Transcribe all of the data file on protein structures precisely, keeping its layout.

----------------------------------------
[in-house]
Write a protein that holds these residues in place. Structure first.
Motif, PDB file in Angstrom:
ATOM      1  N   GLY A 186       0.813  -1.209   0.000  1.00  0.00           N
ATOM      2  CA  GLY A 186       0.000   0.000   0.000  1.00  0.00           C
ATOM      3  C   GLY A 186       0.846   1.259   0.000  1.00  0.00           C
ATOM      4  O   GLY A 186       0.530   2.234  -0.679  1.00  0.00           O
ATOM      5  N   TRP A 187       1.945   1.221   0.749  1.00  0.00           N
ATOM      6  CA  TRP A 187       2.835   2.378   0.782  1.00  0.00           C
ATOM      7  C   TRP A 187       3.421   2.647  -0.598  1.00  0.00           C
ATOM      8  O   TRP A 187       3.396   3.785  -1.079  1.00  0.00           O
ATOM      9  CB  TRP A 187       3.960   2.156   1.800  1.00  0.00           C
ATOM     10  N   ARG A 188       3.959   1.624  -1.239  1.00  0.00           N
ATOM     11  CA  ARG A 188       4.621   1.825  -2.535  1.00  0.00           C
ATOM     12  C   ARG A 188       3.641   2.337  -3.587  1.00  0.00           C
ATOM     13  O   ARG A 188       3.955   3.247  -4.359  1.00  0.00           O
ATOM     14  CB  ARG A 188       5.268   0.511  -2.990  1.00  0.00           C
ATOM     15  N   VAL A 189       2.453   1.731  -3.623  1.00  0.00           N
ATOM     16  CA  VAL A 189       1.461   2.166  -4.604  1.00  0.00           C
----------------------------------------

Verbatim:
[in-house]
Write a protein that holds these residues in place. Structure first.
Motif, PDB file in Angstrom:
ATOM      1  N   GLY A 186       0.813  -1.209   0.000  1.00  0.00           N
ATOM      2  CA  GLY A 186       0.000   0.000   0.000  1.00  0.00           C
ATOM      3  C   GLY A 186       0.846   1.259   0.000  1.00  0.00           C
ATOM      4  O   GLY A 186       0.530   2.234  -0.679  1.00  0.00           O
ATOM      5  N   TRP A 187       1.945   1.221   0.749  1.00  0.00           N
ATOM      6  CA  TRP A 187       2.835   2.378   0.782  1.00  0.00           C
ATOM      7  C   TRP A 187       3.421   2.647  -0.598  1.00  0.00           C
ATOM      8  O   TRP A 187       3.396   3.785  -1.079  1.00  0.00           O
ATOM      9  CB  TRP A 187       3.960   2.156   1.800  1.00  0.00           C
ATOM     10  N   ARG A 188       3.959   1.624  -1.239  1.00  0.00           N
ATOM     11  CA  ARG A 188       4.621   1.825  -2.535  1.00  0.00           C
ATOM     12  C   ARG A 188       3.641   2.337  -3.587  1.00  0.00           C
ATOM     13  O   ARG A 188       3.955   3.247  -4.359  1.00  0.00           O
ATOM     14  CB  ARG A 188       5.268   0.511  -2.990  1.00  0.00           C
ATOM     15  N   VAL A 189       2.453   1.731  -3.623  1.00  0.00           N
ATOM     16  CA  VAL A 189       1.461   2.166  -4.604  1.00  0.00           C